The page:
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Sunday, 13 February, 2000, 13:43 GMT
Women given new cancer therapy hope

breast screening Cancers can be found in screening programmes

Women in the early stages of breast cancer have new hope of preventing the disease spreading - thanks to a discovery on the use of radiotherapy.

The new treatment would apply to women with non-invasive breast cancer which poses no immediate threat.

At present, radiotherapy is normally given to women only after surgery to remove small, invasive tumours.

Ian Fentiman Professor Ian Fentiman: More follow-up needed
But a new study shows it can prevent the earliest detectable stage of breast cancer progressing to a life-threatening condition.

The research involved more than 1,000 women in 13 countries, suffering, a condition called ductal carcinoma in situ (DCIS).

In this condition, the milk ducts contain cancer cells that have not acquired the ability to break out and spread into the rest of the breast.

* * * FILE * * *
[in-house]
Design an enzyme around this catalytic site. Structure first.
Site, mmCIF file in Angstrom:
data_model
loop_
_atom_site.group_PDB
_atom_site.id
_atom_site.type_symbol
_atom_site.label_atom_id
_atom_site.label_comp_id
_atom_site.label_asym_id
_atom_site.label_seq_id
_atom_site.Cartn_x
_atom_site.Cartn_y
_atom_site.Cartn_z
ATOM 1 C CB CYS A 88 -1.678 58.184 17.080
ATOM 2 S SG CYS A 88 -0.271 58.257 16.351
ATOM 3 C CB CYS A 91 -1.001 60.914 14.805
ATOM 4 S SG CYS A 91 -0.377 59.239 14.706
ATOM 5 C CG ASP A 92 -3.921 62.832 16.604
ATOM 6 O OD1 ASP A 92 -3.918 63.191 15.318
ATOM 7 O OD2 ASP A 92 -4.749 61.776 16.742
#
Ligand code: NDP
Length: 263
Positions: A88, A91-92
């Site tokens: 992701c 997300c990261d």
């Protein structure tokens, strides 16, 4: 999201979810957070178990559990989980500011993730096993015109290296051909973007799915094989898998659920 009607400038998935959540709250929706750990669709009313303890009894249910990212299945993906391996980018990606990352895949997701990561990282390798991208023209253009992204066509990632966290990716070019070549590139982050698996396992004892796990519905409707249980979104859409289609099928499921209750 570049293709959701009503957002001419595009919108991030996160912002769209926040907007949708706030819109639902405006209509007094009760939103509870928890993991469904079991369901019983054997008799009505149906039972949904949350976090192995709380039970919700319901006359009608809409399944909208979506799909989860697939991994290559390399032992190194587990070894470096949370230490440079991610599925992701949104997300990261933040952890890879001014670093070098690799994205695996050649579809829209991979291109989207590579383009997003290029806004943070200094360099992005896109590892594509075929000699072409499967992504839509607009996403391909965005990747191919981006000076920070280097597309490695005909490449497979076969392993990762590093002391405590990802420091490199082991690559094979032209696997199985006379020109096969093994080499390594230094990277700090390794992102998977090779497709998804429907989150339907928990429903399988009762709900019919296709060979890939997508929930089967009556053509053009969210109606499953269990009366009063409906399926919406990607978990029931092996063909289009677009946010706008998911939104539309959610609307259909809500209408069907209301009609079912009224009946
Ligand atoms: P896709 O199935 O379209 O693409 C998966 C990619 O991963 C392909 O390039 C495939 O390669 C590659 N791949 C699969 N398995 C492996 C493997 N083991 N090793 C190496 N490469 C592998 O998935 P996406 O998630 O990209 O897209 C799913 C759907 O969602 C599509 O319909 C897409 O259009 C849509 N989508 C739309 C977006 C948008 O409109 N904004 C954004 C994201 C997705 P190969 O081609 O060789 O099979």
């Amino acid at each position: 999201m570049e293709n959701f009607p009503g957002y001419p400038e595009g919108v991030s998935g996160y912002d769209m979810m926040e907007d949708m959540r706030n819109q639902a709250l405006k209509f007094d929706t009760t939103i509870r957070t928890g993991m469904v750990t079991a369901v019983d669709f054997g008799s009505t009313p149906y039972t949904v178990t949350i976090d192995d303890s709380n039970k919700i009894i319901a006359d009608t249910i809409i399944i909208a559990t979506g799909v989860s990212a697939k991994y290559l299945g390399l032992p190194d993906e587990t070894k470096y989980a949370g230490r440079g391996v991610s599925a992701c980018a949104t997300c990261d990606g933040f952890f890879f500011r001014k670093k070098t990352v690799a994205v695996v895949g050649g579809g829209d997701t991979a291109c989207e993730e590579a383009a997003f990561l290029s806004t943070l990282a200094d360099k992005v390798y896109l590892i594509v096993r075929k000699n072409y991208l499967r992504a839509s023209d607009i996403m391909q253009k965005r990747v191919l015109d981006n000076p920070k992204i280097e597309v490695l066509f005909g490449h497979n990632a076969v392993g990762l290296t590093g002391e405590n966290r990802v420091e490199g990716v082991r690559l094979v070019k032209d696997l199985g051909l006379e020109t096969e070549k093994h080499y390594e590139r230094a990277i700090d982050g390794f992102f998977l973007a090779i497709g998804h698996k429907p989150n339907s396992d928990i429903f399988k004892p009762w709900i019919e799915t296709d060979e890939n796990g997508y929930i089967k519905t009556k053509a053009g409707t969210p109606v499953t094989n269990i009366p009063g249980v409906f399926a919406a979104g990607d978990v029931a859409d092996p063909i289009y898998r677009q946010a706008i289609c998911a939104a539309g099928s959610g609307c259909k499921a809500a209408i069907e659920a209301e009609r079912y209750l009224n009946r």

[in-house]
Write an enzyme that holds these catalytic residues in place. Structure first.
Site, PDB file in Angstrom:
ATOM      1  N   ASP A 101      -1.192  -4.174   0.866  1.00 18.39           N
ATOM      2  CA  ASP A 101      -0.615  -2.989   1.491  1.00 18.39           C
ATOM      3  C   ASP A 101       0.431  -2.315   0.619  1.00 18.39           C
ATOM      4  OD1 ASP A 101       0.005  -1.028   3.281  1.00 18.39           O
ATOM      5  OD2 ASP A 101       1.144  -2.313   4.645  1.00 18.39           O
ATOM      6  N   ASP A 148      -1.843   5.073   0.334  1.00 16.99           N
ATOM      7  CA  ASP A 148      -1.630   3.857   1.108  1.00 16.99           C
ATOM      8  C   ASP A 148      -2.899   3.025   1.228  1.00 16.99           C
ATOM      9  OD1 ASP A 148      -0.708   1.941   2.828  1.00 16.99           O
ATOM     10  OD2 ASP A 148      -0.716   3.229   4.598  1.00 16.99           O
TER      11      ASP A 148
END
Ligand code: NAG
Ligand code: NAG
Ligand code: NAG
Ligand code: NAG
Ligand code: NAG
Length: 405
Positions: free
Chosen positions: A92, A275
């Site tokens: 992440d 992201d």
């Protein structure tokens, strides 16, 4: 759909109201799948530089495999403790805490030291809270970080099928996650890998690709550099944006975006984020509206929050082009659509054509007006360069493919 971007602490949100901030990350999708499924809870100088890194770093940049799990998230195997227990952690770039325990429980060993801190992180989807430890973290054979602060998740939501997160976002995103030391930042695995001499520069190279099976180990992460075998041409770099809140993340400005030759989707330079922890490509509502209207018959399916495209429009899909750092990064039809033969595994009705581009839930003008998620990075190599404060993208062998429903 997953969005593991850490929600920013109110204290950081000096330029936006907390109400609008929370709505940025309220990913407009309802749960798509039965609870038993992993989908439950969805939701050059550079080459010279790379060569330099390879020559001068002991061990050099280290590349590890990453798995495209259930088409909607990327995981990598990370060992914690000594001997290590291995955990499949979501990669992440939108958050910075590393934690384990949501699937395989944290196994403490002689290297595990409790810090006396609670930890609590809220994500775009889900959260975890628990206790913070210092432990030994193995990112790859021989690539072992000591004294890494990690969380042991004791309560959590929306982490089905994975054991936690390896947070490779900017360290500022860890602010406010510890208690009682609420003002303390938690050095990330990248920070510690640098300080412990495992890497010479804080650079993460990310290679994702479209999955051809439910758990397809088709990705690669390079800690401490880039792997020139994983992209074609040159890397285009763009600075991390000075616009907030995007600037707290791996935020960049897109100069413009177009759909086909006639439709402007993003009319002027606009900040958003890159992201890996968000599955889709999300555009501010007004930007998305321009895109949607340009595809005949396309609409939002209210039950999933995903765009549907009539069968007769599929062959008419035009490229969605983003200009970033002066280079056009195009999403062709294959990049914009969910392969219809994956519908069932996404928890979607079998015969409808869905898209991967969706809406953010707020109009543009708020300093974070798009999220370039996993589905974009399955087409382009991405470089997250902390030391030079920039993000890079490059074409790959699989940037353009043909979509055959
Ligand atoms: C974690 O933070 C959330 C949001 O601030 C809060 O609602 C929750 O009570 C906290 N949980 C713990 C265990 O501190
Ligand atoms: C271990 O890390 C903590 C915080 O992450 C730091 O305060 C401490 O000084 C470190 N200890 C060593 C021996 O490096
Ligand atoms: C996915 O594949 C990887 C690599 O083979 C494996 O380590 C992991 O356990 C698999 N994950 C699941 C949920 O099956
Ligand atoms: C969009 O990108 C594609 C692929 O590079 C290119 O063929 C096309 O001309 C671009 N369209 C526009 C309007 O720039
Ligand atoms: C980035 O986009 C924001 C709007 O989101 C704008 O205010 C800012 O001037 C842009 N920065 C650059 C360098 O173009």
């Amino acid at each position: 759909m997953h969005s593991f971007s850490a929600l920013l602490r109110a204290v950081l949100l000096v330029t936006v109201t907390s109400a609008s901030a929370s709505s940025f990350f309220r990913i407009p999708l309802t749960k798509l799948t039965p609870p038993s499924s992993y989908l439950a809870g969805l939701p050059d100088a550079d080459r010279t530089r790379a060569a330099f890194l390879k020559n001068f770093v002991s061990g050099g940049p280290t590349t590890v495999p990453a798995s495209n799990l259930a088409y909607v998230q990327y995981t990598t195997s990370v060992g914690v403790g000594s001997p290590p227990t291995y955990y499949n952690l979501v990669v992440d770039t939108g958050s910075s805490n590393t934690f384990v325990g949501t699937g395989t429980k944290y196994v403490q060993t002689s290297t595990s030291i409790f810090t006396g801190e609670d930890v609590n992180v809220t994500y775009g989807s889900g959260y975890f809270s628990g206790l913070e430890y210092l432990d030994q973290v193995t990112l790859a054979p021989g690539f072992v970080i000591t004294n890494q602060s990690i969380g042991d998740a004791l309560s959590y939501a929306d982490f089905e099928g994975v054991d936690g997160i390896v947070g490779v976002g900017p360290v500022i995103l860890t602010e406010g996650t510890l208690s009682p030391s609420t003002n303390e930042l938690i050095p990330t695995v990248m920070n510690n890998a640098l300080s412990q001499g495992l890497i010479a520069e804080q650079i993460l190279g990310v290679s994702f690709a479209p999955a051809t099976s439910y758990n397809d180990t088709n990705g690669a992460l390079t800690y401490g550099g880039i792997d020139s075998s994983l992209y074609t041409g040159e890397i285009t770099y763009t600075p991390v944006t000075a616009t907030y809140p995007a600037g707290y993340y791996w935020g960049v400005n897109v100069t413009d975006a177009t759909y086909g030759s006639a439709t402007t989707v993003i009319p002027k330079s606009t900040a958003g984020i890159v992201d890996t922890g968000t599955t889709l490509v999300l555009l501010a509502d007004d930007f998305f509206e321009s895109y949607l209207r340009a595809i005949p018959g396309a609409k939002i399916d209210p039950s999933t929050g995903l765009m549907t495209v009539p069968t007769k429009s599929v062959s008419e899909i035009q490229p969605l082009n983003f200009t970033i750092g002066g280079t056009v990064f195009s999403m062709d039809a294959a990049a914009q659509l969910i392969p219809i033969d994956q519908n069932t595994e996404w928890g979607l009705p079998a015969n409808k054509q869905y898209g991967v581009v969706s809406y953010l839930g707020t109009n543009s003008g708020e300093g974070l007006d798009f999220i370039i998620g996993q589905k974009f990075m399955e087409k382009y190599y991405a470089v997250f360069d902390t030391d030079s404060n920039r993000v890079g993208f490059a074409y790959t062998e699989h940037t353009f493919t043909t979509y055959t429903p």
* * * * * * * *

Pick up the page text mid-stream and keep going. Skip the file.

It is associated with fine chalk deposits which show up on breast X-rays, and accounts for up to one in five screen-detected cancers.

Although DCIS is not itself life-threatening, if not removed it will almost always progress to an invasive disease.

All the women in the study had DCIS that had been removed surgically.

They were then randomly assigned either to no further treatment or to radiotherapy.

Results 'encouraging'

After four years, recurrence of DCIS occurred in 9% of those who had no radiotherapy and 6% of the treated group.

Progression to invasive breast cancer occurred in 8% of the non-irradiated, but only 4% of the irradiated cases.

The findings were published in the latest edition of The Lancet medical journal.

Professor Ian Fentiman, one of the co-ordinators of the trial and consultant surgeon at the Imperial Cancer Research Fund's clinical oncology unit at Guy's Hospital, London, said: "The results of this trial are encouraging, but longer follow-up will be needed to find out whether the beneficial effects of radiotherapy on local control lead to improvements in survival.

"However, some women have DCIS in more than one area of the breast and the extent of the disease means that a mastectomy is still necessary."

Dr Jean-Pierre Julien, surgical oncologist at the Centre Henry Becquerel in Rouen, France, who also co-ordinated the trial, said more studies were needed to identify features which increased the risk of recurrence and progression of DCIS.

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